Oh yeah, the radio is by ADSTech, the power steering system was added through a company called Logitech and the brakes are manufactured by nVidia (who also makes electrical systems but theirs isn't in this car).

You start up the car and it hums nicely, except that when you go to activate the cruise control there's some conflict between the nVidia and ATI systems. They don't seem to want to talk and as a result the cruise control activates but wants to keep decreasing the speed until the car stalls. For some unknown reason this also causes the windshield wipers to leave streaks on the windshield which won't go away. You visit the manufacturers' website (there is not all-encompassing warranty on this car cause you built it yourself, remember?) Unfortunately they simply tell you to uninstall the electrical system and reinstall it after you first install the brakes.

This goes on for weeks. Nothing ever quite works perfectly. There's alway some... glitch... some issue waiting to be troubleshot and remedied.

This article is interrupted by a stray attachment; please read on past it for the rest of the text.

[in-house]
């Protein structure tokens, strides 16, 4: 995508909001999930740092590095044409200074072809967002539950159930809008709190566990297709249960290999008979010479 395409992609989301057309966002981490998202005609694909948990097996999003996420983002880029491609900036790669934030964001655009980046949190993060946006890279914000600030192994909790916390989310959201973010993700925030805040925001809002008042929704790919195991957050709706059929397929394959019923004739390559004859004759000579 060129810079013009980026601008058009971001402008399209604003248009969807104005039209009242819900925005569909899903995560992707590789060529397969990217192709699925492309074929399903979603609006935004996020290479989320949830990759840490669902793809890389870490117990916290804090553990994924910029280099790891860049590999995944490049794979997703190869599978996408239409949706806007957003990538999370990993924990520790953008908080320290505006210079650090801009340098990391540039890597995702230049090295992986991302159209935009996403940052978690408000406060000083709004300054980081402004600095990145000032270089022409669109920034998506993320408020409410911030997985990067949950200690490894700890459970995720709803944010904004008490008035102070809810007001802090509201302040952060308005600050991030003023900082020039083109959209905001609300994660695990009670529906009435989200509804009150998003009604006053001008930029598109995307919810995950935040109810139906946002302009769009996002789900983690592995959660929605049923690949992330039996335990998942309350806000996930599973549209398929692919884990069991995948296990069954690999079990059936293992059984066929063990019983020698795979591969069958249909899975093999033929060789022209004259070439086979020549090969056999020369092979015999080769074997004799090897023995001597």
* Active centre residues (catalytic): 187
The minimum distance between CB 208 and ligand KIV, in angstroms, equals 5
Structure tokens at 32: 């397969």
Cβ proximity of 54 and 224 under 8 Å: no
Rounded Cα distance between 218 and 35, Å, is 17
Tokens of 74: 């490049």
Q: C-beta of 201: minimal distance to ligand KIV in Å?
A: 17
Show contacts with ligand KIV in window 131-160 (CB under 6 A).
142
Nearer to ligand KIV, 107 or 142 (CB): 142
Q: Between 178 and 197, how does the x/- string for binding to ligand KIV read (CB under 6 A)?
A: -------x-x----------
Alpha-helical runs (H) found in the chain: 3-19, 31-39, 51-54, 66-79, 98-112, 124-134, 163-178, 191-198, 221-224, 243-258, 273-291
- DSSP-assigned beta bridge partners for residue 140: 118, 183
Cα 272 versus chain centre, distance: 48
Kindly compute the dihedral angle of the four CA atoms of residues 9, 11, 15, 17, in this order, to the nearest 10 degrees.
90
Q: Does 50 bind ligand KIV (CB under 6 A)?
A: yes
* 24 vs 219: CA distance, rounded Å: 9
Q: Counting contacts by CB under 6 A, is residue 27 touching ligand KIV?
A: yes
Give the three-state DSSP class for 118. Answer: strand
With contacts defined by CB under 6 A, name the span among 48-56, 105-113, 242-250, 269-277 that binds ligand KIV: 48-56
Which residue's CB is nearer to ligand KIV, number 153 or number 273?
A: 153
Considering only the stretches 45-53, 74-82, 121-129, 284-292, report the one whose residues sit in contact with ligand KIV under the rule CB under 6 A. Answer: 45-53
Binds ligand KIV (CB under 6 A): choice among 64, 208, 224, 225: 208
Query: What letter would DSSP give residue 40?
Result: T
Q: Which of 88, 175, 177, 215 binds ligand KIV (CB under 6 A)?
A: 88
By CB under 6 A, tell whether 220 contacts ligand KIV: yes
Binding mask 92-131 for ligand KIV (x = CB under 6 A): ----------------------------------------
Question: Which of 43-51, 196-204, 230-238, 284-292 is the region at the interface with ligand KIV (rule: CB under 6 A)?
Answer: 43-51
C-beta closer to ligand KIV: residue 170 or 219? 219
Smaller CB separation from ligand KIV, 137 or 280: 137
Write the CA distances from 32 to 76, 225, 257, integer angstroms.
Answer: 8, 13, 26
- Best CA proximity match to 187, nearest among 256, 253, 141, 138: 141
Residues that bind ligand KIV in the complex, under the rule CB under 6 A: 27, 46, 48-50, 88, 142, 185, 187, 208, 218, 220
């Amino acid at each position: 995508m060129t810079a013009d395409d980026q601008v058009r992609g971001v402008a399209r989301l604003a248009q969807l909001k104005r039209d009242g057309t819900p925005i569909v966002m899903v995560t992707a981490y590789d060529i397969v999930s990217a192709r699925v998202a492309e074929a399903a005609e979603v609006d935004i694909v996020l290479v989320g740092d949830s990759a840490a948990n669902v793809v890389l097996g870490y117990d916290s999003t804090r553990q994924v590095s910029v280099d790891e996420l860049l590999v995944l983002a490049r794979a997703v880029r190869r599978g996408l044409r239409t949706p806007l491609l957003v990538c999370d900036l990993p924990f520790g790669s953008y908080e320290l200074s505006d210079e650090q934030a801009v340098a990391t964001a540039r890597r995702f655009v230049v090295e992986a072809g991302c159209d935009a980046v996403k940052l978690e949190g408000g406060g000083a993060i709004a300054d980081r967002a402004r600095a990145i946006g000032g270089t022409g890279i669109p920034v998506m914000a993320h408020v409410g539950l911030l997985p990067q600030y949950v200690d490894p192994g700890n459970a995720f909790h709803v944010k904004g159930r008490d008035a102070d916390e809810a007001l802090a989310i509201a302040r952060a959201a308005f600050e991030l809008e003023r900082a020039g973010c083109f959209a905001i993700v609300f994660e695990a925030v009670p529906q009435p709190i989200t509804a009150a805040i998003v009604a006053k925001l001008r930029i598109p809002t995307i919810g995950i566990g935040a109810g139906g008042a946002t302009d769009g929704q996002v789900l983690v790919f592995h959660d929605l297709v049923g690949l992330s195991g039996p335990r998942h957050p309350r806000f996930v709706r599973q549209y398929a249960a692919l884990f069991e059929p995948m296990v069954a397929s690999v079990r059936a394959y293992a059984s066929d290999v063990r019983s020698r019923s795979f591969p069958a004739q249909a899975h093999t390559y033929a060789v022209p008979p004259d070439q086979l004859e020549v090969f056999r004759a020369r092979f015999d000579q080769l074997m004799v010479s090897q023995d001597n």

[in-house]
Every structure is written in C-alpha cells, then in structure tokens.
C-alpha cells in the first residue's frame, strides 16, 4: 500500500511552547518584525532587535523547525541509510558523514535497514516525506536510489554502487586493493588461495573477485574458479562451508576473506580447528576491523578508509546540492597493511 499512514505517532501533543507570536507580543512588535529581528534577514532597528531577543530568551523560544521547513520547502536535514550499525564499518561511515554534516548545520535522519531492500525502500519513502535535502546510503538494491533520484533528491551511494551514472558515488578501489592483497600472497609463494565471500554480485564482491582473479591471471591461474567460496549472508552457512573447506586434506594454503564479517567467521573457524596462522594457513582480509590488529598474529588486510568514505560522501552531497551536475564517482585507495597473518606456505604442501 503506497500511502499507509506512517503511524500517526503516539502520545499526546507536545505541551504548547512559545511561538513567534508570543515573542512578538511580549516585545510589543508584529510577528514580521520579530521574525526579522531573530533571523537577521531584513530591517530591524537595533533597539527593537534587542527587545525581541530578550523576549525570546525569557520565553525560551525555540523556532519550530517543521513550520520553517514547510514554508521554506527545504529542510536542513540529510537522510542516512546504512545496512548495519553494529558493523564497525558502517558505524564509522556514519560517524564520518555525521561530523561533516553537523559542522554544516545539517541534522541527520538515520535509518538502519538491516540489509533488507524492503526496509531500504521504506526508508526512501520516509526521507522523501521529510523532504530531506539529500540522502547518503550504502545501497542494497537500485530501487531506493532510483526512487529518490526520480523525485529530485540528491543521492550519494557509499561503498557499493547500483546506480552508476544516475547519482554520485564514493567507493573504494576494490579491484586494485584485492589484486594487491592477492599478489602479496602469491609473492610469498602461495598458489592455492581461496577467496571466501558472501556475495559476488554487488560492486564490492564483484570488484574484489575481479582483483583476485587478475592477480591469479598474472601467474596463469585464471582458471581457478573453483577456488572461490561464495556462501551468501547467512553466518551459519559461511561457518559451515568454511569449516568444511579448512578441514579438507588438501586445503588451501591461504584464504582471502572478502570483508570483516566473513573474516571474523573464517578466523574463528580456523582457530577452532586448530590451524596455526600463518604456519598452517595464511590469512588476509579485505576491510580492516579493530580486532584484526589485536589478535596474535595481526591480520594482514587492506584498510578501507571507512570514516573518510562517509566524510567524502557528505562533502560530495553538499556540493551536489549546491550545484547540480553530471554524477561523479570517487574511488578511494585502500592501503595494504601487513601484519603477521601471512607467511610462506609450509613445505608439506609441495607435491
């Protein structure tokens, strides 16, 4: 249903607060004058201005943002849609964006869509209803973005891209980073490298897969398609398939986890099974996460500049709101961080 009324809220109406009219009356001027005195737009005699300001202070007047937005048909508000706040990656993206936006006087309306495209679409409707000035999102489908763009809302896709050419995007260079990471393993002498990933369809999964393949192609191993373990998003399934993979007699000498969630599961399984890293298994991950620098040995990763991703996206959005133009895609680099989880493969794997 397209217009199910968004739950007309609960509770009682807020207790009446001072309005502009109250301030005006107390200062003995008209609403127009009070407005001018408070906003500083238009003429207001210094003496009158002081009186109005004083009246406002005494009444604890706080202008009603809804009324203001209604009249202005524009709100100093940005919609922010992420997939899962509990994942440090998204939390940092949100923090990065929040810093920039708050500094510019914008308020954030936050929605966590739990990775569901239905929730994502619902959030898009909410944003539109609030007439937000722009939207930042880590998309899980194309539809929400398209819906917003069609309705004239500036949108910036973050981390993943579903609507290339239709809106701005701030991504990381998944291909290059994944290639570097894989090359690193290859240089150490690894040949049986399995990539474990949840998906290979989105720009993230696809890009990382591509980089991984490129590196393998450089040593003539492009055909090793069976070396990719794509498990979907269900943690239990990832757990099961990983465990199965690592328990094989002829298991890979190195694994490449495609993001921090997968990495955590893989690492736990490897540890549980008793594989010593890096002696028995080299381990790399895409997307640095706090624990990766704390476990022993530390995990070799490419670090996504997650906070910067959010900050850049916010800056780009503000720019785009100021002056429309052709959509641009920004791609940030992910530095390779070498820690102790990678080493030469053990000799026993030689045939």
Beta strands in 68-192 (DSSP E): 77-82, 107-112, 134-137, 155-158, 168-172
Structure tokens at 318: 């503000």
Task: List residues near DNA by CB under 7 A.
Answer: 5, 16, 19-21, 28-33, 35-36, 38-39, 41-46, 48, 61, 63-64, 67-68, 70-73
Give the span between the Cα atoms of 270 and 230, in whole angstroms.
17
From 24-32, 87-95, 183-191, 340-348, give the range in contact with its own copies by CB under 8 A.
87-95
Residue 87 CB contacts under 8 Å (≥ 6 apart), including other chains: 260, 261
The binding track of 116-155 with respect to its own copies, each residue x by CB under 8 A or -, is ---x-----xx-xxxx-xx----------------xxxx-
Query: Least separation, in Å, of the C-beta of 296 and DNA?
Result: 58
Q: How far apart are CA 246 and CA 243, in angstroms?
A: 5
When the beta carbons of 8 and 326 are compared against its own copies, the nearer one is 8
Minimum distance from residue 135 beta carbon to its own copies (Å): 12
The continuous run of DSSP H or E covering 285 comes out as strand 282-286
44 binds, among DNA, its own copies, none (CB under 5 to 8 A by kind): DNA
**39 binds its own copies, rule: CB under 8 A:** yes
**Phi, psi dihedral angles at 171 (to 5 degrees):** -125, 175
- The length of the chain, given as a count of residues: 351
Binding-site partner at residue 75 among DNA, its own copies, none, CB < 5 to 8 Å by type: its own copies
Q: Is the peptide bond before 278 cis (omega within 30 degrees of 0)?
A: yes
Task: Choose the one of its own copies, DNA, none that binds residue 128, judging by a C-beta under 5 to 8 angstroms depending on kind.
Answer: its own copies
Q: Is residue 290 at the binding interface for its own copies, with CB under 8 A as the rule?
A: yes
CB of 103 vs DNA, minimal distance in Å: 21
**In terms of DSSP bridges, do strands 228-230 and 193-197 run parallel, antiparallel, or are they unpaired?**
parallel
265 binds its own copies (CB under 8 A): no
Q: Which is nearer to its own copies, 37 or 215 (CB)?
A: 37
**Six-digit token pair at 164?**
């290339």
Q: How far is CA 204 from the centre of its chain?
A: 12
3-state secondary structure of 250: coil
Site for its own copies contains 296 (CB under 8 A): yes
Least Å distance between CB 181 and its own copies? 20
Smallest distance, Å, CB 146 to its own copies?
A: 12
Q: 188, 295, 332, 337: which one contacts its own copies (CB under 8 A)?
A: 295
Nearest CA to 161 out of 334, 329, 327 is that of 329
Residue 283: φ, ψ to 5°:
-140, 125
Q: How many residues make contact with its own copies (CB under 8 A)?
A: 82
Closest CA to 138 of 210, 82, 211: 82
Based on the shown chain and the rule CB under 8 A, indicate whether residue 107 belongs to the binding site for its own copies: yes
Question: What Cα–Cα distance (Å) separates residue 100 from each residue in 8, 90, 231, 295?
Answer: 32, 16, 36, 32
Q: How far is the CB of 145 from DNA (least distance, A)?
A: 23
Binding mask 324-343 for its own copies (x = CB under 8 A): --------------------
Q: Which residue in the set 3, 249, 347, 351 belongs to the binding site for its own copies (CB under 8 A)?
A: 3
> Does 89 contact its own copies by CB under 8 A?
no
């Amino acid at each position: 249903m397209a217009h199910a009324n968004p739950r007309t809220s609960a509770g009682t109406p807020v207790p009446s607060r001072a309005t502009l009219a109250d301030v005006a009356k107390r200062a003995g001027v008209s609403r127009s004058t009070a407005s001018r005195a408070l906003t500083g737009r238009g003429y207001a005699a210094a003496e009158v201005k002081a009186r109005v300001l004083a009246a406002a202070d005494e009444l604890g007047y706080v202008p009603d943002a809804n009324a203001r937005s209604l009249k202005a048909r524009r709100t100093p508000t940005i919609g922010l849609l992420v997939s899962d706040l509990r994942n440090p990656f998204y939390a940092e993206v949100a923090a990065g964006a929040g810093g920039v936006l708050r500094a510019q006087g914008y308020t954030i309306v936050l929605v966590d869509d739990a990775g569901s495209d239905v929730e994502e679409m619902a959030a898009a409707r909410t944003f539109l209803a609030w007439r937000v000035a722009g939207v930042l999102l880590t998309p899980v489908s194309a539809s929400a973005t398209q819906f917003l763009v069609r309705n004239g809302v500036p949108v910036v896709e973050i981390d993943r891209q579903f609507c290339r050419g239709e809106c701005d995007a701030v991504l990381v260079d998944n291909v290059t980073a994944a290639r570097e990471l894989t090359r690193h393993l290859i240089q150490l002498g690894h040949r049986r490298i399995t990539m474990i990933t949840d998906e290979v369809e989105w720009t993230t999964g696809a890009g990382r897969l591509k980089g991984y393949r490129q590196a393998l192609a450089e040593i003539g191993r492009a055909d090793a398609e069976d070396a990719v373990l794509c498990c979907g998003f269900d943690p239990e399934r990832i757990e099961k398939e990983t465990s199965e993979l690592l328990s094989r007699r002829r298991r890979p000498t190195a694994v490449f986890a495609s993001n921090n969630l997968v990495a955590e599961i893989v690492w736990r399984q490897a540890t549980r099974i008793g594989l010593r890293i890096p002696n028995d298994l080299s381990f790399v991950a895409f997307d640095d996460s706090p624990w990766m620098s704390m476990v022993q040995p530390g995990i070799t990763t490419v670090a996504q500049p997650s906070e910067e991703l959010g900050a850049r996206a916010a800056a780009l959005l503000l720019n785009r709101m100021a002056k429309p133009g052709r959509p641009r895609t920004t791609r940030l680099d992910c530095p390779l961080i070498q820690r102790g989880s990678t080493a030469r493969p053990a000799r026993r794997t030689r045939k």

I'm throwing away the car. Seriously, I'm done. My experiment with the home theater PC is over. For now.

I thought that perhaps some dedicated companies that manufactured entire systems would be the solution. After all, if THEY are responsible for testing and ensuring that all the various pieces of the puzzle work together then thing should run a bit more smoothly, right? Without broadbrushing the entire industry, it turned out that this wasn't necessarily the case. Additional issues crept up and the HTPC built by Joe Company, while light years ahead of my own Frankenstein creation, still had it's share of glitches, some of which never got resolved. It was like watching my 4 year old try to hold on to a wet bar of soap... just when you think he has it, it slips out again.